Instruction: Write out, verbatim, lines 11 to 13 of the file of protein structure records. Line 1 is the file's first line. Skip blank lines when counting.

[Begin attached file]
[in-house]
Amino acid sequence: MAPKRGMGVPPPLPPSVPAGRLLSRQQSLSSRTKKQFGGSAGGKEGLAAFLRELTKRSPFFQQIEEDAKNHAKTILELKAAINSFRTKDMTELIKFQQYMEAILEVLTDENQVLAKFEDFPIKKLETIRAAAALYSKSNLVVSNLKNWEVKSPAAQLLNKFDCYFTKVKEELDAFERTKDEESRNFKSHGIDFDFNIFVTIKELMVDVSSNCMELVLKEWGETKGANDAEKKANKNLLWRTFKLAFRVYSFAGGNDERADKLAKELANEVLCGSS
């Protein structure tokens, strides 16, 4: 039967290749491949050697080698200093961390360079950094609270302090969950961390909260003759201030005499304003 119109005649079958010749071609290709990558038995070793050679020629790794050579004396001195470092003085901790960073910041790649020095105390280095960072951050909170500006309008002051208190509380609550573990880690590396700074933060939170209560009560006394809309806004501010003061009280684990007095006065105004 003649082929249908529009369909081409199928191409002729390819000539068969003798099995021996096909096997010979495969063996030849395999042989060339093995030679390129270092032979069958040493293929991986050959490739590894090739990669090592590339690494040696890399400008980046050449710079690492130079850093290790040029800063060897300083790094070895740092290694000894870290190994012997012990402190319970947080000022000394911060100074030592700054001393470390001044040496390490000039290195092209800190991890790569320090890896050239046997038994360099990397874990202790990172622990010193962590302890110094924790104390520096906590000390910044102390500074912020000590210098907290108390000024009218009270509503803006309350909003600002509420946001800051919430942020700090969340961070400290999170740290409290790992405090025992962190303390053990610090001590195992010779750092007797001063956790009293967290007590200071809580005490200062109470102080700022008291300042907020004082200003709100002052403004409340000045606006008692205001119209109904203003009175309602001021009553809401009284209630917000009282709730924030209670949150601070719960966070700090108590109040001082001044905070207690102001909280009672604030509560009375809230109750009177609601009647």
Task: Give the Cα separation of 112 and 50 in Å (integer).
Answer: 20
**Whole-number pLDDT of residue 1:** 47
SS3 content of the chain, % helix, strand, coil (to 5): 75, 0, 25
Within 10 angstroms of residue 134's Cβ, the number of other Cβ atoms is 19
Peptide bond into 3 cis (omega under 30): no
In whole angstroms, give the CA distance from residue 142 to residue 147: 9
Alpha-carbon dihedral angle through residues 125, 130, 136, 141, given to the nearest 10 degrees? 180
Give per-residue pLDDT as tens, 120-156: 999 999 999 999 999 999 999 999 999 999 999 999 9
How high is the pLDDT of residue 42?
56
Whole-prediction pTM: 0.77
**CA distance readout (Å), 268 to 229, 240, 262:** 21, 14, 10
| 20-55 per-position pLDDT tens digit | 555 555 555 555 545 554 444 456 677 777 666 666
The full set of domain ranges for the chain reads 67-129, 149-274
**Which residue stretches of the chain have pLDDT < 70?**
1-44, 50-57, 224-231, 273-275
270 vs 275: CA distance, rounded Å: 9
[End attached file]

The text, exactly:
Alpha-carbon dihedral angle through residues 125, 130, 136, 141, given to the nearest 10 degrees? 180
Give per-residue pLDDT as tens, 120-156: 999 999 999 999 999 999 999 999 999 999 999 999 9
How high is the pLDDT of residue 42?